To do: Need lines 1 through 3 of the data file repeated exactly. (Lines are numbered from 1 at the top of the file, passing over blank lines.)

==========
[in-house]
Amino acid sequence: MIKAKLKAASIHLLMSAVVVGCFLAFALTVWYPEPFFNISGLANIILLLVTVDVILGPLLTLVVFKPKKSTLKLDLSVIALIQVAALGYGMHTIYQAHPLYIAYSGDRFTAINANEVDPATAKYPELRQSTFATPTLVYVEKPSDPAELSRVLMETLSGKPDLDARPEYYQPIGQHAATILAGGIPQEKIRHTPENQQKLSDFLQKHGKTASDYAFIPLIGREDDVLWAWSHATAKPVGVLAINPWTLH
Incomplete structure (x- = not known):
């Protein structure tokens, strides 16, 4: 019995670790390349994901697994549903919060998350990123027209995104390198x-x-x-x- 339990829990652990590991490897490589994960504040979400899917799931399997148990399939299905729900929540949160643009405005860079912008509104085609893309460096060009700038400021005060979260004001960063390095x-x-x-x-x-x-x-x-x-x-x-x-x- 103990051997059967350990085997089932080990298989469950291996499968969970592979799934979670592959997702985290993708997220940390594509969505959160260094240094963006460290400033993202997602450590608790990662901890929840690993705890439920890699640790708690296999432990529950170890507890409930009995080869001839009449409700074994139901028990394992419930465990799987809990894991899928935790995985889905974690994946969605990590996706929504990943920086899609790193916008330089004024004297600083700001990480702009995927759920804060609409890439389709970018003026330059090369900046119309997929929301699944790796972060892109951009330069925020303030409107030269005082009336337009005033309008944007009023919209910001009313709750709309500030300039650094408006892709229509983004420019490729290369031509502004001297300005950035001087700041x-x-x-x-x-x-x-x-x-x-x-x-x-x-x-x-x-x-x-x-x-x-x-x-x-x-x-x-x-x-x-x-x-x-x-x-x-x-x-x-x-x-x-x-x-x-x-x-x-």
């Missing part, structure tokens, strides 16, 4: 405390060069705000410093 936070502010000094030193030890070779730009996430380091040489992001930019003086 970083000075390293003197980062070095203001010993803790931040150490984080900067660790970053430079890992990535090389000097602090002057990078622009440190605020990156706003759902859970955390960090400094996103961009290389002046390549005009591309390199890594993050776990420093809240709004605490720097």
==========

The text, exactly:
[in-house]
Amino acid sequence: MIKAKLKAASIHLLMSAVVVGCFLAFALTVWYPEPFFNISGLANIILLLVTVDVILGPLLTLVVFKPKKSTLKLDLSVIALIQVAALGYGMHTIYQAHPLYIAYSGDRFTAINANEVDPATAKYPELRQSTFATPTLVYVEKPSDPAELSRVLMETLSGKPDLDARPEYYQPIGQHAATILAGGIPQEKIRHTPENQQKLSDFLQKHGKTASDYAFIPLIGREDDVLWAWSHATAKPVGVLAINPWTLH
Incomplete structure (x- = not known):